Top 10 Changes to the minimum requirements for ALTA surveys
#5: Have they cleared up the wetland confusion?
When the 2011 ALTA standards took effect, one of the more significant changes was the addition of Optional Table A, Item 19, pertaining to wetlands. It is not surprising that wetlands were incorporated into the 2011 ALTA standards. In fact, it seems appropriate considering that they not only impact a property’s development potential, but have become increasingly regulated at both the state and federal levels. What surprised many though was the amount of confusion that the verbiage created amongst owners, surveyors, attorneys, title companies, and lenders. The updates found in the 2016 ALTA standards aims to clarify things.
The 2011 ALTA standards verbiage for Optional Table A, Item 19, reads: “…location of wetland locations as delineated by the proper authorities.” A great deal of discussion has ensued regarding this statement as it applies to the ALTA survey. For example, does it mean that a wetland delineation is supposed to take place as part of selecting this requirement? Who is the proper authority? What is the surveyor’s responsibility? And, the owner’s? The list goes on.
In the course of my work performing ALTA surveys, wetland discussions among project stakeholders usually steered towards scope, timing, and cost. Through those conversations, we were able to flesh out whether or not an actual wetland delineation was needed. In some cases, we were able to map approximated wetlands from the National Wetland Inventory database. In others, complete delineations were performed by one of our qualified environmental scientists at Westwood. The key though, was that the project stakeholders came together early in the process to determine what was needed in the best interest of advancing the project.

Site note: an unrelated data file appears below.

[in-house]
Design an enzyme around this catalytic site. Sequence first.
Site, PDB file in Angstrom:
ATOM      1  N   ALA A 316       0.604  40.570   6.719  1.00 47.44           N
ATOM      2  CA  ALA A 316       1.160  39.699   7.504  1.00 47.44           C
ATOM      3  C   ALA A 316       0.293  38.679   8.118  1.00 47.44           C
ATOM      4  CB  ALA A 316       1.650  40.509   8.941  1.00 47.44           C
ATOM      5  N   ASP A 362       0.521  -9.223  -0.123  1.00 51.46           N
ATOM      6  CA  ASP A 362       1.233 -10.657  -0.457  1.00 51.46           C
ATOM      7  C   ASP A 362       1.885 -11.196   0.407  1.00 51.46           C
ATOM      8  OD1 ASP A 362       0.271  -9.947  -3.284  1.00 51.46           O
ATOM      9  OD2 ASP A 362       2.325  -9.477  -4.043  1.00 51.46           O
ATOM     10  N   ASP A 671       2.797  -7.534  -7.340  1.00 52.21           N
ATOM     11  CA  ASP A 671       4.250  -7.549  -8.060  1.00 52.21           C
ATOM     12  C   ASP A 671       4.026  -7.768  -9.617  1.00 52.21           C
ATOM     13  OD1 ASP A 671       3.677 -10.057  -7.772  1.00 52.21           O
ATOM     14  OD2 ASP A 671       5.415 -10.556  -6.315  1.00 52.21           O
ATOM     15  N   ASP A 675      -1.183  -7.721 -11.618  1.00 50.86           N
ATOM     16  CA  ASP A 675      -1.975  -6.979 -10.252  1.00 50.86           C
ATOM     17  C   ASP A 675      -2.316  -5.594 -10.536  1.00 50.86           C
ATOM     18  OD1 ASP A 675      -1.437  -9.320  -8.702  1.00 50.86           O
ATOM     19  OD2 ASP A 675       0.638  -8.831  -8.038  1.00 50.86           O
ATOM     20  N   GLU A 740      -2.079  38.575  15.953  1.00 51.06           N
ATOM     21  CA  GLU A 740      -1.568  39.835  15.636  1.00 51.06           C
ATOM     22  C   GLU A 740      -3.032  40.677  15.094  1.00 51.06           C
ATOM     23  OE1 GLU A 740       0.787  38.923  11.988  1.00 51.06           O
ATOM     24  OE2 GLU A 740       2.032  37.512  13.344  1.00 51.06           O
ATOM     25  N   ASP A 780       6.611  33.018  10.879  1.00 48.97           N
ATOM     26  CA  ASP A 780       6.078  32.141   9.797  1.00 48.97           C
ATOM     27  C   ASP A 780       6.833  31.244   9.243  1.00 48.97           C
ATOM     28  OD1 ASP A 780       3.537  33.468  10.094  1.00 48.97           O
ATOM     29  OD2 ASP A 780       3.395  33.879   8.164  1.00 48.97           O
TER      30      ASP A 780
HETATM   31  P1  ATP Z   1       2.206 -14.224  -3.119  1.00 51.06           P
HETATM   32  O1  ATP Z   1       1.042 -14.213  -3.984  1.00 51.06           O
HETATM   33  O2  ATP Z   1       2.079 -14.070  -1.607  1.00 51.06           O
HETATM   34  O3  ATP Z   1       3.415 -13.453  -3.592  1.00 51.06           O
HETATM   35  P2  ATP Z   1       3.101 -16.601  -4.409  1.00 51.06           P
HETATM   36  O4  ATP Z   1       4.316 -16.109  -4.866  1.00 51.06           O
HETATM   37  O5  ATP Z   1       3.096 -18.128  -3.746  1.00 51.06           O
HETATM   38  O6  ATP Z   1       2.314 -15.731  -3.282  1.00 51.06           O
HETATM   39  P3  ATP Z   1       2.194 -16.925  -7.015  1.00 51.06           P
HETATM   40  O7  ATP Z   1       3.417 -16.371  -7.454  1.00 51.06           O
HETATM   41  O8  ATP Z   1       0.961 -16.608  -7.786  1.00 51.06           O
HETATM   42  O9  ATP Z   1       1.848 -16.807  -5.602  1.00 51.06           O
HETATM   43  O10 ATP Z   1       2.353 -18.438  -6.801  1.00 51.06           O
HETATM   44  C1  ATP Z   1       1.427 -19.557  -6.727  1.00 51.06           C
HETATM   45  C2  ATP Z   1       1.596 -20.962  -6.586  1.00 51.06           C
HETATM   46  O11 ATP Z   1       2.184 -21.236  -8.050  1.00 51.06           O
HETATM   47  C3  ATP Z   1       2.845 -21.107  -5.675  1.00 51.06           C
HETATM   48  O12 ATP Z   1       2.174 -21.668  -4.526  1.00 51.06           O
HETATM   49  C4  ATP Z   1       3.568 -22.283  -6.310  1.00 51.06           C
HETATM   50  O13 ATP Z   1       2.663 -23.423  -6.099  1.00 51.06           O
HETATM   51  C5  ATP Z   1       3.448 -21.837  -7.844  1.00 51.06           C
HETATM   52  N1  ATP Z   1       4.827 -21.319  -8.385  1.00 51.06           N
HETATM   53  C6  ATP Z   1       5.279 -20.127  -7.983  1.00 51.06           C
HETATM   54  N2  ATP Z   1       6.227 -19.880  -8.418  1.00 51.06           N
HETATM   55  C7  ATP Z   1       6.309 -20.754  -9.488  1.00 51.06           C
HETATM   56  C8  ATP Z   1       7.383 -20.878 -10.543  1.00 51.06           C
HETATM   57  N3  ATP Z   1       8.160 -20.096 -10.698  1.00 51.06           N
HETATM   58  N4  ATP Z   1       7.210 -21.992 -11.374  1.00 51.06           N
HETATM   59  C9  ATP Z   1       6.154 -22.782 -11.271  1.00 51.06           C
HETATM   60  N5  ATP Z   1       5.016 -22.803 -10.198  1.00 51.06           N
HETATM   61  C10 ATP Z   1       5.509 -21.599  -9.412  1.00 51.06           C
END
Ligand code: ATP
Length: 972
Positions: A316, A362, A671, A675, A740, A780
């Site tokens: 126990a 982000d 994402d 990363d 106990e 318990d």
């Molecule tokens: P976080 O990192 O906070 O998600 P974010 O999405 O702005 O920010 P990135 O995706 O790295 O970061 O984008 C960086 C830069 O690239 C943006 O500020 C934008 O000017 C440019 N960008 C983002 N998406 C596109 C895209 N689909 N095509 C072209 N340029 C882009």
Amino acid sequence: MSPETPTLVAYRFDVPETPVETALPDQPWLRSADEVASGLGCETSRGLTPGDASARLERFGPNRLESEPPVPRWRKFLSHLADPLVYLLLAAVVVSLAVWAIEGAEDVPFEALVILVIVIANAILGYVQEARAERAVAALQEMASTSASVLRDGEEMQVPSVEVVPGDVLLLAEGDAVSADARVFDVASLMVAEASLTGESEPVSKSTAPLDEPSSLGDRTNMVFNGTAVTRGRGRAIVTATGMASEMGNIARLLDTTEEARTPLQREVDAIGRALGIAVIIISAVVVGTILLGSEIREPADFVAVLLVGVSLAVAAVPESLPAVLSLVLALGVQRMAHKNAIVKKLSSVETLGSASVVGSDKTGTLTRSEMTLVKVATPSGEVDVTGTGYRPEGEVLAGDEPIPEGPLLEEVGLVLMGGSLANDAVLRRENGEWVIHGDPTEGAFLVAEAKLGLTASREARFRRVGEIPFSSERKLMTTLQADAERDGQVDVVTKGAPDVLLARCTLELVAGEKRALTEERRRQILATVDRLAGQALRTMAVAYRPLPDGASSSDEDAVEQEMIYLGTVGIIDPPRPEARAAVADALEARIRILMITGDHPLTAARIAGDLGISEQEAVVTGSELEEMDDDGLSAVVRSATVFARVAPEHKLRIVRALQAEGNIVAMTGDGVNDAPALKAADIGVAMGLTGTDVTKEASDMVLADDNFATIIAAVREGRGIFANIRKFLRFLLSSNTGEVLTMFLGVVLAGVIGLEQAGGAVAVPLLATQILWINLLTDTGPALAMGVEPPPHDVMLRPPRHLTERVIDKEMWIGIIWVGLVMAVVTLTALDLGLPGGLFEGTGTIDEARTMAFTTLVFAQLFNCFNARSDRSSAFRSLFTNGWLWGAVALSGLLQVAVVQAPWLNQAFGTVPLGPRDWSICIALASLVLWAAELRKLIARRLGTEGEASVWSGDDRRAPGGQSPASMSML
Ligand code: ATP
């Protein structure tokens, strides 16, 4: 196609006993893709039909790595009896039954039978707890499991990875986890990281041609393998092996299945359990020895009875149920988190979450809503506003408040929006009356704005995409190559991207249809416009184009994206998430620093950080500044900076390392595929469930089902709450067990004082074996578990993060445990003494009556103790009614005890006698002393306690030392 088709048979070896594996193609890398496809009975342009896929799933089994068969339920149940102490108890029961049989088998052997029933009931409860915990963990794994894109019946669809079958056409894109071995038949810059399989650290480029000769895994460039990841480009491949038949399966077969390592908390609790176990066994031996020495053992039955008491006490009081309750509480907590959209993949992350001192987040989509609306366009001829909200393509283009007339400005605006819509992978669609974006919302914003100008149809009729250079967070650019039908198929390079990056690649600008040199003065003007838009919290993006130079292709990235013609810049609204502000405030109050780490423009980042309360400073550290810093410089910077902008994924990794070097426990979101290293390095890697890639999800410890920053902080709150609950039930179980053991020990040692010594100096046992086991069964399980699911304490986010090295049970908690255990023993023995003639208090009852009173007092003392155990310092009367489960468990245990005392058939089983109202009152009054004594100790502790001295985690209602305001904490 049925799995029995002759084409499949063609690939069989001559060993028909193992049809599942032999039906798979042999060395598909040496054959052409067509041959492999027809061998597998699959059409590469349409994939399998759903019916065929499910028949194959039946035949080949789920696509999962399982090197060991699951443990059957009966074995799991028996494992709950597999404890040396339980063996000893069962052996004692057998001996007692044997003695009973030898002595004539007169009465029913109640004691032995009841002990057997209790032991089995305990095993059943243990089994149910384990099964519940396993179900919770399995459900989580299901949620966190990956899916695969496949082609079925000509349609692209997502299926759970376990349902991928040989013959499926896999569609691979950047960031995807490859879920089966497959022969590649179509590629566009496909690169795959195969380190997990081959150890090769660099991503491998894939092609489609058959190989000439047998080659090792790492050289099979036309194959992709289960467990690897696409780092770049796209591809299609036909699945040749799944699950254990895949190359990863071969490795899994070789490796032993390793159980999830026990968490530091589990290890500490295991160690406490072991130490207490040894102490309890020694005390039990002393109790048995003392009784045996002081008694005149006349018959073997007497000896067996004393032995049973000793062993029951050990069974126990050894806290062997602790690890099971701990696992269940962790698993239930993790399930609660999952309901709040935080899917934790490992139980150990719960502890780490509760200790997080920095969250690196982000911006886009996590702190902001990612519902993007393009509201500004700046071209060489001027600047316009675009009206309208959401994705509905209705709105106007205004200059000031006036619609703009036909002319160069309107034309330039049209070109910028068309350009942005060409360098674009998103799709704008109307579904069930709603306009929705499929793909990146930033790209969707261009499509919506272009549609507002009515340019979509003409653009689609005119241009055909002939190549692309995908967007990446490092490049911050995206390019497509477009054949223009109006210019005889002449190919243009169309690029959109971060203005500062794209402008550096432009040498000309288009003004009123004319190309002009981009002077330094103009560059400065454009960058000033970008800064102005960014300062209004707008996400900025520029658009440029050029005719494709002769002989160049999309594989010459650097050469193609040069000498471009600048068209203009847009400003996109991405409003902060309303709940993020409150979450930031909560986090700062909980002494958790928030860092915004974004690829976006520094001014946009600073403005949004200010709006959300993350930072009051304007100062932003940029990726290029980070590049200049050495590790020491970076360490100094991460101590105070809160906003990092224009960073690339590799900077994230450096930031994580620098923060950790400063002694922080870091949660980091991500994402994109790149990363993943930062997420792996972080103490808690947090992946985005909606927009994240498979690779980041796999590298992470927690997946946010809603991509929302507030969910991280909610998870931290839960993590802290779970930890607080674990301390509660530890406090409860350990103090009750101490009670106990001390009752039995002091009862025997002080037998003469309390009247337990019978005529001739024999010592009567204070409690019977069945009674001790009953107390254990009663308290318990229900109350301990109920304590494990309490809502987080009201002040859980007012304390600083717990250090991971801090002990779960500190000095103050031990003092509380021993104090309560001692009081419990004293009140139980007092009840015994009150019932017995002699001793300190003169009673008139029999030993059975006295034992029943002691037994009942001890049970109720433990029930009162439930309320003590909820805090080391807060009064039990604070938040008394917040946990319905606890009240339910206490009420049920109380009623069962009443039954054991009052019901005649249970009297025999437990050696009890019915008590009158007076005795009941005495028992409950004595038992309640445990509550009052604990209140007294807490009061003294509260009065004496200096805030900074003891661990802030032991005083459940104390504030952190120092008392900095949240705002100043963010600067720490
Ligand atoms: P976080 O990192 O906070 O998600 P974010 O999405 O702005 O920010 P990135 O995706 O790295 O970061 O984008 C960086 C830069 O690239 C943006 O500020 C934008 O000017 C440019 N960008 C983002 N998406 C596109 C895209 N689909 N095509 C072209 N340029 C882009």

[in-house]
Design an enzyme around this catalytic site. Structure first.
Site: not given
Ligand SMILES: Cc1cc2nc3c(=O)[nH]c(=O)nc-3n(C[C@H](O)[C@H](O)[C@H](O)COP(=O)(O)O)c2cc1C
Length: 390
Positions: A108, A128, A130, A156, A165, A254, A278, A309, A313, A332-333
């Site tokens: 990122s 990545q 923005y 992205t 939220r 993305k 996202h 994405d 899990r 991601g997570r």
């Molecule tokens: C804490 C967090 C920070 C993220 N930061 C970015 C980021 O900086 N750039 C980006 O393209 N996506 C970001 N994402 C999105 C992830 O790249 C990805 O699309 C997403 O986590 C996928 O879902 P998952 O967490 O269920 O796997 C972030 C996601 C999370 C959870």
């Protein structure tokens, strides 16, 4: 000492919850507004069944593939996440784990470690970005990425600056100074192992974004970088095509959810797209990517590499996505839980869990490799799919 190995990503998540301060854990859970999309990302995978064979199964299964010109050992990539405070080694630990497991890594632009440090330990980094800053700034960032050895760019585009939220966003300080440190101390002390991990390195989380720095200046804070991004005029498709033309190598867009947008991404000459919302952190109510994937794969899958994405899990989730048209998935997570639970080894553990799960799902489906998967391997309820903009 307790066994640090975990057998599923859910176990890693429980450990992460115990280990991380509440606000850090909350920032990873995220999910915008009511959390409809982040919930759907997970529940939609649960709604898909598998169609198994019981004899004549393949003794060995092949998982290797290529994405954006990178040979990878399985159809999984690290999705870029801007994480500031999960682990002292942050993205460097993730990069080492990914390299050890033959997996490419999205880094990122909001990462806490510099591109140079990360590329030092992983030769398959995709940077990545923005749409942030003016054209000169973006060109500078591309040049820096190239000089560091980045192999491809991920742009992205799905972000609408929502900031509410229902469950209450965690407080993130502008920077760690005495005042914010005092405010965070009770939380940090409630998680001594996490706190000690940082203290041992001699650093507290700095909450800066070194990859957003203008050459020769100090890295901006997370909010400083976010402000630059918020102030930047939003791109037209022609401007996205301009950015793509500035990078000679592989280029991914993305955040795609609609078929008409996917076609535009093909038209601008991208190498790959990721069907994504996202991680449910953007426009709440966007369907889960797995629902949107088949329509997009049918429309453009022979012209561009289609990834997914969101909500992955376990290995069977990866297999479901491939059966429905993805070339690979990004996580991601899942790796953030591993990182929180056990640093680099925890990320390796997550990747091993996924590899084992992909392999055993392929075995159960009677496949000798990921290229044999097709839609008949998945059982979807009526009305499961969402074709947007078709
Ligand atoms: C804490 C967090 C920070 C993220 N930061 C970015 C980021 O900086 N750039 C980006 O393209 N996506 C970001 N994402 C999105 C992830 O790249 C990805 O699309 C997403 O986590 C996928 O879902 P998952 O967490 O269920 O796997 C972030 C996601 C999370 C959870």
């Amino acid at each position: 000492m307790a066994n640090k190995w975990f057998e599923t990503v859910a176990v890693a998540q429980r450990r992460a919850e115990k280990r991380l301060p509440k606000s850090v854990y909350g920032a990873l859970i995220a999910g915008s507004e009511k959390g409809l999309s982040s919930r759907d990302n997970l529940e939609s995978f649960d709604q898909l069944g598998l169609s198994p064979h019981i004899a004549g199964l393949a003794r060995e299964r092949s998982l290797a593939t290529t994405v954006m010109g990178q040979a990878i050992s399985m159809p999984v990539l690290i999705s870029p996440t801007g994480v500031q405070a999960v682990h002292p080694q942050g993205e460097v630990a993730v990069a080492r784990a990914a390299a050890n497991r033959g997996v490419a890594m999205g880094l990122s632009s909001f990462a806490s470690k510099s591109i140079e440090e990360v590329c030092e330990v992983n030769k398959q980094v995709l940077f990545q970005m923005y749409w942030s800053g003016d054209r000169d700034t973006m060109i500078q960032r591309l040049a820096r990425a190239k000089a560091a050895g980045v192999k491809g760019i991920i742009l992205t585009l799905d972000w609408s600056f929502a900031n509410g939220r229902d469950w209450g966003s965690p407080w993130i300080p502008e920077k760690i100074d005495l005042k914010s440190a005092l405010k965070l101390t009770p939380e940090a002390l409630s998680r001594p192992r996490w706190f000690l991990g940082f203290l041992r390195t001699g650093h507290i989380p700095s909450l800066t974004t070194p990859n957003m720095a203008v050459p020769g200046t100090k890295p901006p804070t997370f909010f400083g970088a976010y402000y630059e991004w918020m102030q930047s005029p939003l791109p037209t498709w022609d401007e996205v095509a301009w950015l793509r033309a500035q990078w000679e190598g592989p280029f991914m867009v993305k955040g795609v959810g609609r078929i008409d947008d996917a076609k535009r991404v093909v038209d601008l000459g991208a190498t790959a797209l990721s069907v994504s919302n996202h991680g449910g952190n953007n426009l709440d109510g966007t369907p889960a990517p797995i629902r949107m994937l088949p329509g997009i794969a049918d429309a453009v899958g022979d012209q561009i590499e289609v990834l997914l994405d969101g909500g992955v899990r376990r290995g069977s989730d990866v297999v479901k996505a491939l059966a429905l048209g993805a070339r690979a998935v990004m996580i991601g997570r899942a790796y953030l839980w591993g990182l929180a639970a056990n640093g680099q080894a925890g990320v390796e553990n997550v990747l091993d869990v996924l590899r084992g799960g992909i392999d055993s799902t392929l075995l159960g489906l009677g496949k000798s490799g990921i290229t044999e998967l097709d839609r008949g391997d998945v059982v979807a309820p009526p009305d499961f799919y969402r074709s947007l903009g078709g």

Subsequent to the addition of the 2011 ALTA standards, Optional Table A, Item 19, there have been many discussions within the title and survey communities in regard to interpretations. Certainly, most land surveyors are not qualified environmental scientists and should not be relied on for the determination of wetland boundaries. Nor do most surveyors want to take on the responsibility or liability of that service. Wetland delineations should be performed by qualified environmental scientists that understand the characteristics of a wetland, and the rules and regulations governing them.
The consensus seems to be that the intent of the 2011 standards was for surveyors to locate any observed wetland locations that were flagged in the field – usually at the direction of the owner or client. That brings us to the 2016 ALTA standards. First, due to the elimination of a table item, the new wetland verbiage is now Item 18 on the Optional Table A items. The text has been revised to: “If there has been a field delineation of wetlands conducted by a qualified specialist hired by the client, the surveyor shall locate any delineation markers observed in the process of conducting the fieldwork and show them on the face of the plat or map. If no markers were observed, the surveyor shall so state.”
This is a welcome change to surveyors, attorneys, title companies, lenders, and owners alike. It clarifies that the surveyor is not responsible for performing the wetland delineation; although they still can, assuming they have the proper qualifications. There is also additional guidance given in regard to how wetlands, or the lack thereof, are shown on the face of the survey.
Like many things that affect real property, wetlands are not a black and white issue. Both the surveyor and the client are still able to negotiate the extent that wetland locations be shown on an ALTA survey. On the other hand, the update in the 2016 ALTA standards brings clarity to the original intent and provides additional guidance related to the depiction of wetlands on an ALTA survey. I am confident that this change will help mitigate much of the past confusion.
Coming up next - #4: What’s the deal with setbacks?
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